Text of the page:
Through the looking glass

Israeli photojournalists reveal the drama and the danger of life behind the lens.

June 1, 2006 10:49
2 minute read.

taglit.sendarticle. (photo credit: )


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The young man looks the part: he's fit, he's energetic and he has with him not only several samples of his work, but also the expensive equipment it'll take to produce more at a moment's notice. He has come to the Reuters office in Tel Aviv to meet with experienced news photographer Gil Cohen Magen to try to get his foot in the door - and he's been fortunate enough to be greeted as well by 20-year veteran Menahem Kahana of AFP. Perhaps, he hopes, they will give him a job. Or a chance. Or a tip. Featured photojournalists and selected photos:

  • Sometimes you just get lucky: Tsafrir Abayov
  • 'You have to flip a switch in your head': Ariel Jerozolimski
  • Fishing for the unexpected: Menahem Kahana and Gil Cohen Magen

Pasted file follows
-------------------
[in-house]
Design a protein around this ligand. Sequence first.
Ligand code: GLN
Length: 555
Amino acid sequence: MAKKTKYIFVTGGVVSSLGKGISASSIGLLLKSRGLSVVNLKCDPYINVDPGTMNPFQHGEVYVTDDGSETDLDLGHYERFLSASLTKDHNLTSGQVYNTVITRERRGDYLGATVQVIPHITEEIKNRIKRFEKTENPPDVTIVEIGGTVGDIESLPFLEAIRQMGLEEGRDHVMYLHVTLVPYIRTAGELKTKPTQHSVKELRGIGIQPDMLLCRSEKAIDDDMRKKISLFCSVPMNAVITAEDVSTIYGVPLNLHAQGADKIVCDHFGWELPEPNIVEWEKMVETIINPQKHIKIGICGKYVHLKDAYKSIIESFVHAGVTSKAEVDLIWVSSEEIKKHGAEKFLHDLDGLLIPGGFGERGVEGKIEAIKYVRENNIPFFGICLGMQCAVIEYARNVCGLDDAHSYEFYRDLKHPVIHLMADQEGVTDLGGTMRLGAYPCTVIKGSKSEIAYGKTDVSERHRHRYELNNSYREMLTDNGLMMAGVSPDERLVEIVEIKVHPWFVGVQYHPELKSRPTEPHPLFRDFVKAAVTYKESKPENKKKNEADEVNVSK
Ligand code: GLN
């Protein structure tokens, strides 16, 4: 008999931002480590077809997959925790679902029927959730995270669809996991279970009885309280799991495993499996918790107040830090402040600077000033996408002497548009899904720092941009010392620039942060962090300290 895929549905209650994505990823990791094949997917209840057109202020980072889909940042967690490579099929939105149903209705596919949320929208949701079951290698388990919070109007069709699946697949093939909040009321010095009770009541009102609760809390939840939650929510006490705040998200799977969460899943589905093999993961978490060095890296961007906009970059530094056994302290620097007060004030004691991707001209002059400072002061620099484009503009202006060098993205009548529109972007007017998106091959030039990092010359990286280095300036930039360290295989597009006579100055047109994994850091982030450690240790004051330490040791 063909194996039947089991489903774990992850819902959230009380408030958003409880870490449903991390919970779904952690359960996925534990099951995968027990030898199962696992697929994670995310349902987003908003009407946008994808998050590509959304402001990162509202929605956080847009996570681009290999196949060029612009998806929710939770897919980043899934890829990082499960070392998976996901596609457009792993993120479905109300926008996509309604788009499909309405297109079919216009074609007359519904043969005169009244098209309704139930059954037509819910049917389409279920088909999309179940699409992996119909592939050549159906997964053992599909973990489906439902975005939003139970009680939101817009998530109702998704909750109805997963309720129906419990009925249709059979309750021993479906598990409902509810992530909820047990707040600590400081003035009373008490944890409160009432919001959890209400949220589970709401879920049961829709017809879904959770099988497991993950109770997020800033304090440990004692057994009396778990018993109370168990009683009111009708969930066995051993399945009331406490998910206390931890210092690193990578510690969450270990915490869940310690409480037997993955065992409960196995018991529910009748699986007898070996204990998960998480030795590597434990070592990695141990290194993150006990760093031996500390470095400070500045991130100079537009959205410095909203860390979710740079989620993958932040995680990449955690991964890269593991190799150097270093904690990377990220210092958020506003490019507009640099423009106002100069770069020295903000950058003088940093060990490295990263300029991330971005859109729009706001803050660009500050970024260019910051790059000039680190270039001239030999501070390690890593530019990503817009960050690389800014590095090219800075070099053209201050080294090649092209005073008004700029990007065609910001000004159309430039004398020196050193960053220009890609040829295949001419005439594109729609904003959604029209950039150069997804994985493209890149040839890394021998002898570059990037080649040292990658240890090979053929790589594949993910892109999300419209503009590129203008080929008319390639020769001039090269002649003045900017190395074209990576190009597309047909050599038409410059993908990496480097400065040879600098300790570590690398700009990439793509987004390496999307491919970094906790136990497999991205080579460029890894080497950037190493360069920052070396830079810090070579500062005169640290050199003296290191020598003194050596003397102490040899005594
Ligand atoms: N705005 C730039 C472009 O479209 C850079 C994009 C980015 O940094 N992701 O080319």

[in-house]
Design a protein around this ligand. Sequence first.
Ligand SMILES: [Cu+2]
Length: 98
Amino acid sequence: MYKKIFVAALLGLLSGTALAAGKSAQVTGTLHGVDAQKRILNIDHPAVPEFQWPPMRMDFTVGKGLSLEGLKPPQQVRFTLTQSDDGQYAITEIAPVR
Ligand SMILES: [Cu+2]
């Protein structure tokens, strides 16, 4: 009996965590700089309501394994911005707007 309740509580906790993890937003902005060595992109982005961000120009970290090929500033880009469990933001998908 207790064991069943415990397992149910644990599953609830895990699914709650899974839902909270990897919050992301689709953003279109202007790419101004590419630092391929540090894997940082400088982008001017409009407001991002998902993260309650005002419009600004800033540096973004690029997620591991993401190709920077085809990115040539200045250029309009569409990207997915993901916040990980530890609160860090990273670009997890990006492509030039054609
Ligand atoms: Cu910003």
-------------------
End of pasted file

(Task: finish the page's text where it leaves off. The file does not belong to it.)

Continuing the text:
• 'Look, teeth': Ricki Rosen What he gets is a gentle lashing for the professional no-no, only a few days prior, of trying to impress Kahana with his photos from the Lag Ba'omer festivities at Mount Meron - unaware that Kahana was right there on the scene, had been right there on the scene for years and was doing just fine, thank you. ("Next time, introduce yourself to another photographer before you try to sell him your pictures," Cohen Magen advises while Kahana is out of the room.) In an extremely competitive and increasingly exhausting field, the lesson of discretion is not the only one this young photographer will need to absorb. If he can handle the pace of covering half a dozen events in a day, he'll still have to learn to overcome the monotony of snapping countless handshakes, remand hearings, first days of school, workers' strikes and stiffly formal ceremonies. The singular moment in which all the elements of a compelling photograph align for him will be maddeningly elusive, demanding constant awareness and uncanny anticipation. He'll have to be prepared to risk physical danger and deal with intense emotional trauma. When he shoots at a funeral, mourners will curse him. As he attempts to photograph a visiting head of state, colleagues will knock him down to obtain a better position. And after he has stared, over and over again and from several different angles, at the horrific suffering of terrorism victims that he is powerless to assuage and obligated to document in gruesome detail, no one will call him a hero and offer him solace. Instead, there will be only the call of another assignment. "This job," the hardened Kahana notes dryly, "is not for the weak."

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